These plays depict a reality that seems familiar and plausible yet feels dreamlike, monumental, and mythical.
Schaubühne Berlin vividly adapts the author Édouard Louis’s first-person account of the experience of rape and attempted murder.
The work on display at Berlin’s Theatertreffen draws on film, novels, Brecht, and ancient Greek drama.
The live a cappella is a result of the conditions under which the songs were originally sung: in open fields.
The playwright’s protagonist rises to the pinnacle of society only to fall back down to the housing project where she grew up.
The Prisoner conjures a timelessness that recalls Waiting for Godot.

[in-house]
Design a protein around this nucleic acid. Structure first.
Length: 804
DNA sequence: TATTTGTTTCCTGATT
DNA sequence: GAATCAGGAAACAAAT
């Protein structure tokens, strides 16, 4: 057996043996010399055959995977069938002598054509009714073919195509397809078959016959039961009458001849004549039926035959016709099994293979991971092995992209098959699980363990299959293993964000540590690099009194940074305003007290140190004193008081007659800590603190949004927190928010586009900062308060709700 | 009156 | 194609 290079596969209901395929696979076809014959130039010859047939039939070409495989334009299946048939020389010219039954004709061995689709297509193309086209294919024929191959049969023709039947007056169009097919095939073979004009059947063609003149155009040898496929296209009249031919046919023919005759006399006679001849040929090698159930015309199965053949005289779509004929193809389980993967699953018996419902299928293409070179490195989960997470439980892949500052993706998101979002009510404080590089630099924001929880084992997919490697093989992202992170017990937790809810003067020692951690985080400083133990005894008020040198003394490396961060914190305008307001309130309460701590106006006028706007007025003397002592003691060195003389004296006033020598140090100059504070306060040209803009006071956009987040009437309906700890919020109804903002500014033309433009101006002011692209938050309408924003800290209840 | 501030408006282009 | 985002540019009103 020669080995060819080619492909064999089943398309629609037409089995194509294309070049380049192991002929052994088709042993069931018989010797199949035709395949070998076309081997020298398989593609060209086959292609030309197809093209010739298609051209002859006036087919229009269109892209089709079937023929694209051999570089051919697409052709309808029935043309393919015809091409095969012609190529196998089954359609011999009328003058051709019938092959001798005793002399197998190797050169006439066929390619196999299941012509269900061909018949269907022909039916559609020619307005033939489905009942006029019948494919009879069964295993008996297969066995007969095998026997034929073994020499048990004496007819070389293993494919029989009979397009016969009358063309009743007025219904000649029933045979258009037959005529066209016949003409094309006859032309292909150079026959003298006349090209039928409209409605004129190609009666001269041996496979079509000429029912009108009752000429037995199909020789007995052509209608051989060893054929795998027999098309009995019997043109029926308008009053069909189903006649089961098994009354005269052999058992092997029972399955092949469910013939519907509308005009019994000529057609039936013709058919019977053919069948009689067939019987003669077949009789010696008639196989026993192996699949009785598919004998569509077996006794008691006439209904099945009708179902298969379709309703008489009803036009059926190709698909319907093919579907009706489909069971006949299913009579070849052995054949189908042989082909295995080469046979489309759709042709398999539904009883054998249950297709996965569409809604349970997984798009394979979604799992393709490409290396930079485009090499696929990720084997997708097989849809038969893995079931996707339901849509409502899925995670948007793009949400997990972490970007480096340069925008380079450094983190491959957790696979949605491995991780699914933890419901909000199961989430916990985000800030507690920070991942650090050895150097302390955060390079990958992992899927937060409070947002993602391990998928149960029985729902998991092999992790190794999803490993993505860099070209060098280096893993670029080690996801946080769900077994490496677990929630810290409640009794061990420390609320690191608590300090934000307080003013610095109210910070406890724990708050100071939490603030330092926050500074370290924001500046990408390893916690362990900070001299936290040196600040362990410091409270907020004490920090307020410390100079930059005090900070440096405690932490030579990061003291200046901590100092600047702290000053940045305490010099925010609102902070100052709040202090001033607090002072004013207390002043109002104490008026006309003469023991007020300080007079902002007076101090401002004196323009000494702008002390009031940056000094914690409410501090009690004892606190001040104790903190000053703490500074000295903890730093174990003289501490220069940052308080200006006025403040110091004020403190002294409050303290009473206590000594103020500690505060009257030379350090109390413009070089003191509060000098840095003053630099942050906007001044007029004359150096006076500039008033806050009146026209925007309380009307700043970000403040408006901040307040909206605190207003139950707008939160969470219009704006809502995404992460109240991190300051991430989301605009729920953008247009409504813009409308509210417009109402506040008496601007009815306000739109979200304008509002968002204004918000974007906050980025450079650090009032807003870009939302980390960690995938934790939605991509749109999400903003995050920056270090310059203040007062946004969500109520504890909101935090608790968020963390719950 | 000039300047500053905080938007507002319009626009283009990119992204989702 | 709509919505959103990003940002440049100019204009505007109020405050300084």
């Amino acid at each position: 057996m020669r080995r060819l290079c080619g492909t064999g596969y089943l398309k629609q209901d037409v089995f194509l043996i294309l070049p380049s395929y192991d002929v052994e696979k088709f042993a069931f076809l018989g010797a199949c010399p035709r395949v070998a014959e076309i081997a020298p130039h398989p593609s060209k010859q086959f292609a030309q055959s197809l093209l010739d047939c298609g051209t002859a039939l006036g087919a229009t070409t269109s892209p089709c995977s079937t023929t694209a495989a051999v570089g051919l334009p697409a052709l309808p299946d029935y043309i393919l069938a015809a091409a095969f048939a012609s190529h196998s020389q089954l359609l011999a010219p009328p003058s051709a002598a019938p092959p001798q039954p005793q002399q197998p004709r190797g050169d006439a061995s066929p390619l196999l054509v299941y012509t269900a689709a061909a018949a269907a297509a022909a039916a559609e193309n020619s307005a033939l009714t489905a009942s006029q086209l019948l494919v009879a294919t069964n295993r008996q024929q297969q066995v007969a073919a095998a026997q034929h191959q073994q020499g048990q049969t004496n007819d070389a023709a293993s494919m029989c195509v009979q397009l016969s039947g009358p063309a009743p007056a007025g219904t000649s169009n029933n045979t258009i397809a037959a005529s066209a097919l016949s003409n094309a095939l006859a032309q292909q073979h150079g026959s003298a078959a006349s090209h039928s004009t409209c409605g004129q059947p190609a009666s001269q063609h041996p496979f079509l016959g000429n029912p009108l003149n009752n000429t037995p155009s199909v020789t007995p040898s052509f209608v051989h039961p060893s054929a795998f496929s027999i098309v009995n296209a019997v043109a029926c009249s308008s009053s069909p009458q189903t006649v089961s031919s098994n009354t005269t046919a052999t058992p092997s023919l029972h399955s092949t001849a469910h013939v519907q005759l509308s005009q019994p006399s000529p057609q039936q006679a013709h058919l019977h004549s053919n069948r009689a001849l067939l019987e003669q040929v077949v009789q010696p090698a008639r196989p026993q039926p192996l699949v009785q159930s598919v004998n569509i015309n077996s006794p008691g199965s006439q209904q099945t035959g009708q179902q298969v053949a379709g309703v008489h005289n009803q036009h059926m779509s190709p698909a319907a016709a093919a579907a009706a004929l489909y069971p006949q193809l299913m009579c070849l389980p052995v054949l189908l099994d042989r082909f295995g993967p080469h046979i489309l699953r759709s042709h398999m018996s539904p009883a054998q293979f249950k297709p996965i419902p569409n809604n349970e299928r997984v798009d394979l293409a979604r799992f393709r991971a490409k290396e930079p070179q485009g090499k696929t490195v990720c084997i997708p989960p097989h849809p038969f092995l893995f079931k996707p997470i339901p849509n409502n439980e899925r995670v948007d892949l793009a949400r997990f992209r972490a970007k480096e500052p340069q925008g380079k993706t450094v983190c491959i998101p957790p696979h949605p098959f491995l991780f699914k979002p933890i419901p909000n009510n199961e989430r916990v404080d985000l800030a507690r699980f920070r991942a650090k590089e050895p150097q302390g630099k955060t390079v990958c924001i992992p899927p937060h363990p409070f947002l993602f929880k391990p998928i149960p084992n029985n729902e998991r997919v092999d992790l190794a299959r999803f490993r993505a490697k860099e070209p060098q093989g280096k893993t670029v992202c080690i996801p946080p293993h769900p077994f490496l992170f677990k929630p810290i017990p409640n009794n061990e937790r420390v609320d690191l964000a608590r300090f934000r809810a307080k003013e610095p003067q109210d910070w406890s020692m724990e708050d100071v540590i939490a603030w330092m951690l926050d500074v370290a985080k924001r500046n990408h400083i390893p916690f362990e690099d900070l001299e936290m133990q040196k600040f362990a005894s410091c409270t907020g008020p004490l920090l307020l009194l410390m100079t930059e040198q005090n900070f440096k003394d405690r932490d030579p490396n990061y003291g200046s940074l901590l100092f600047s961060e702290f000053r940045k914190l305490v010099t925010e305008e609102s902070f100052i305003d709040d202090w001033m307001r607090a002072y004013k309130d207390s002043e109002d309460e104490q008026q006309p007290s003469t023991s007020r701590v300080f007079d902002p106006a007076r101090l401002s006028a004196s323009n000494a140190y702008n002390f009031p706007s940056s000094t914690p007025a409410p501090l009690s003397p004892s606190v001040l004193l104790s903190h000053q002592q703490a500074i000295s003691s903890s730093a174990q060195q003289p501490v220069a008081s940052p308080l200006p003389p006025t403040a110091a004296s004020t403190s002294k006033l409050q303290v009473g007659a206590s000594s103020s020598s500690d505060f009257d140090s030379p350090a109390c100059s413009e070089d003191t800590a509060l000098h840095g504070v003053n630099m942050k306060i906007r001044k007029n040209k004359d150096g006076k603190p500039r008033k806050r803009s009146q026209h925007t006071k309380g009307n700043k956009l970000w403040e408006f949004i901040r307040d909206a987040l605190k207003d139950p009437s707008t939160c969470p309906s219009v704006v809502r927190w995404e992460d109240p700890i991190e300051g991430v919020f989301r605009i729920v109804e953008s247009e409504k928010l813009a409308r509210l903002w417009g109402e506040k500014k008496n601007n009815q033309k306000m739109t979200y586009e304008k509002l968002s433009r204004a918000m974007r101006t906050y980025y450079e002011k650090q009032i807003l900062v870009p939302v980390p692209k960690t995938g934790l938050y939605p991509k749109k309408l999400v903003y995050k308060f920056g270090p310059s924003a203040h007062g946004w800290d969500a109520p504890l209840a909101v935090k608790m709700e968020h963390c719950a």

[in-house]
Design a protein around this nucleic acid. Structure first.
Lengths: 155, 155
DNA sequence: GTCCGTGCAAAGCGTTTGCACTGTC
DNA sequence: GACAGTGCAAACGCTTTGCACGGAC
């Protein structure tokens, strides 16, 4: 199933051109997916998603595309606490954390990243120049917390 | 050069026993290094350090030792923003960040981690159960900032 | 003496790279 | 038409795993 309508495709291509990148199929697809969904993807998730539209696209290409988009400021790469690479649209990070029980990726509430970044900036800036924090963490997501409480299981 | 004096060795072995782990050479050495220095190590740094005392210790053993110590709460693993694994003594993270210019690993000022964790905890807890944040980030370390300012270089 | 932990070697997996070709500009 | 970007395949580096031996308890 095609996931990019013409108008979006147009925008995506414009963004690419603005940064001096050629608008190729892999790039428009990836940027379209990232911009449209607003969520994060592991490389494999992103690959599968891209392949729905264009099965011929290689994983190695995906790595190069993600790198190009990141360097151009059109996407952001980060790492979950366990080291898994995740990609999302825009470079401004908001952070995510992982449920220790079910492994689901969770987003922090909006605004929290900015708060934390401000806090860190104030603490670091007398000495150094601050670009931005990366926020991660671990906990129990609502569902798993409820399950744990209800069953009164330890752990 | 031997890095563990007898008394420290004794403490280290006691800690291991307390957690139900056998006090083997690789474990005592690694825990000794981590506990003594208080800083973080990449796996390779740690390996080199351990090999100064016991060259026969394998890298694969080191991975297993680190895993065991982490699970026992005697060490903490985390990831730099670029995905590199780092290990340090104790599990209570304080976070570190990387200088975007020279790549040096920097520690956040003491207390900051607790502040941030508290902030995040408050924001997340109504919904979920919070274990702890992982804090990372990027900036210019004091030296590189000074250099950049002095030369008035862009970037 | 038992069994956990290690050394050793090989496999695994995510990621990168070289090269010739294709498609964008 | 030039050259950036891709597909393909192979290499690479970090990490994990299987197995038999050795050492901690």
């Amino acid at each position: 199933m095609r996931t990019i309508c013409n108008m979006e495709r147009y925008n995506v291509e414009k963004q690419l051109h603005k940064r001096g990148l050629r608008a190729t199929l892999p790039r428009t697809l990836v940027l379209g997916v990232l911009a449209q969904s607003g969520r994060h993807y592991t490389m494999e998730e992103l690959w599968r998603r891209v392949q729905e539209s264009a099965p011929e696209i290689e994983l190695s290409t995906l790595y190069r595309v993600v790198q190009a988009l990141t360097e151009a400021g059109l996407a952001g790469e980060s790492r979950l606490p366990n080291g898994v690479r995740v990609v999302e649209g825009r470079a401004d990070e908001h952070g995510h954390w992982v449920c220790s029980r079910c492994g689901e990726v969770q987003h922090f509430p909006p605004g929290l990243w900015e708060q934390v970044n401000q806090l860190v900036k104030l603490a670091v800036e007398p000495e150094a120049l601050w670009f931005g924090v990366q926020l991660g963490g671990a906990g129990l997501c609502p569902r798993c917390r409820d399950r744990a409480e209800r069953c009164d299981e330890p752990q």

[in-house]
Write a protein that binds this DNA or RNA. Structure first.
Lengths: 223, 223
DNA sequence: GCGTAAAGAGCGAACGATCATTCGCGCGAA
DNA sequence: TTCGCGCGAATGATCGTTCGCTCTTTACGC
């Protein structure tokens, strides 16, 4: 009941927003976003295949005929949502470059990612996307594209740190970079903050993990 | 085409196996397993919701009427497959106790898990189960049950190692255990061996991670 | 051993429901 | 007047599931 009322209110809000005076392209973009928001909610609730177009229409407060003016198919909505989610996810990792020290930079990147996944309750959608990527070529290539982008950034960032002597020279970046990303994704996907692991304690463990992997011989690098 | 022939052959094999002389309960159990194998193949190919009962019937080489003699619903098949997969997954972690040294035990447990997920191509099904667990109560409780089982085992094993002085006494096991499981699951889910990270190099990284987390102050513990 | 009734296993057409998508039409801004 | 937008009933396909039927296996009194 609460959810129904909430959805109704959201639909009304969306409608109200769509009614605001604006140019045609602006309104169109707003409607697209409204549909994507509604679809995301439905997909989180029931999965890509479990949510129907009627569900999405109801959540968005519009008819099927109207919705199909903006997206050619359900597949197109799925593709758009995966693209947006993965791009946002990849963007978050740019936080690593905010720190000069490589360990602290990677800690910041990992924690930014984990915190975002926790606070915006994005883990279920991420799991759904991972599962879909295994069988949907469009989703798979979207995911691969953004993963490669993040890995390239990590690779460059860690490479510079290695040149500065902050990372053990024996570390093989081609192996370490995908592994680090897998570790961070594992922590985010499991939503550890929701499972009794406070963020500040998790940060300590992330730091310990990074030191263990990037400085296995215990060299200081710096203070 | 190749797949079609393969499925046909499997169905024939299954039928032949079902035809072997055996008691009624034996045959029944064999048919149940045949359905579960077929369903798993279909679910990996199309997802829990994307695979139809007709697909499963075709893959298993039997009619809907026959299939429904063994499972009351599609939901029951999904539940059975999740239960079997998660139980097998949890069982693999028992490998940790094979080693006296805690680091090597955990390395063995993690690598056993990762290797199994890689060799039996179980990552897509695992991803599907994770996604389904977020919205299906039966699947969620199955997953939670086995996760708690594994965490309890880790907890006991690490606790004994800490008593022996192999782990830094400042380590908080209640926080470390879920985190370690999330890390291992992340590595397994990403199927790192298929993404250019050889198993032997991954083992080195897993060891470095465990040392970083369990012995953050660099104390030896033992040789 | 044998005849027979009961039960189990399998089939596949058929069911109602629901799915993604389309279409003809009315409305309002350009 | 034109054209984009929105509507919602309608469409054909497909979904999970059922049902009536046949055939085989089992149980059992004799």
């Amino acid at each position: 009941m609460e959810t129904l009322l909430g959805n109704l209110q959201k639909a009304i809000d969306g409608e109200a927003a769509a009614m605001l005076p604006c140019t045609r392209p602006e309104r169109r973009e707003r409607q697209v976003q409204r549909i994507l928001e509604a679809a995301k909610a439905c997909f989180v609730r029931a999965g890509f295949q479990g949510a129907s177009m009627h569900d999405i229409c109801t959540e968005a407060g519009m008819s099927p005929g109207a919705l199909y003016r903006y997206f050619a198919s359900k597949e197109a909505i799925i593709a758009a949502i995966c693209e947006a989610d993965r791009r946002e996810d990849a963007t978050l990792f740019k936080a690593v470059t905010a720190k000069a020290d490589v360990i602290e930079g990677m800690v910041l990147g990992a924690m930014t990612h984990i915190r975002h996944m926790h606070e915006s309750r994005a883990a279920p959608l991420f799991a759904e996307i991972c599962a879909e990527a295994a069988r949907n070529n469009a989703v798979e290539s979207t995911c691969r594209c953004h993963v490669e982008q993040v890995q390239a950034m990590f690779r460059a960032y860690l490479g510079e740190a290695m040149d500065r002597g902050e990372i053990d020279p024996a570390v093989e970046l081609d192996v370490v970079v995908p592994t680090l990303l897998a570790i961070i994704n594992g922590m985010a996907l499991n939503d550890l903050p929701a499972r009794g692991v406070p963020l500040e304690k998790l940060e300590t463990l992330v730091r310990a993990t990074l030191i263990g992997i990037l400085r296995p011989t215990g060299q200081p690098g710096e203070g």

The directed actions in Ivo Dimchev’s P Project progressed from audience members dancing alone in front strangers to nude performers simulating sex.
The actor’s trade is always a deception, creating the appearance of authenticity.
Pollock by Fabrice Melquiot is in many ways just another paean to the ‘heroic male painter.’
The 1966 student protests in Durango are the basis for a performance by the Mexico City-based collective Teatro Línea de Sombra.
Congolese choreographer Faustin Linyekula and American writer and director Annie Dorsen contemplate storytelling at the Crossing the Line Festival.
Richard Maxwell’s style can be off-putting or self-defeating, yet its virtues are manifest in this piece.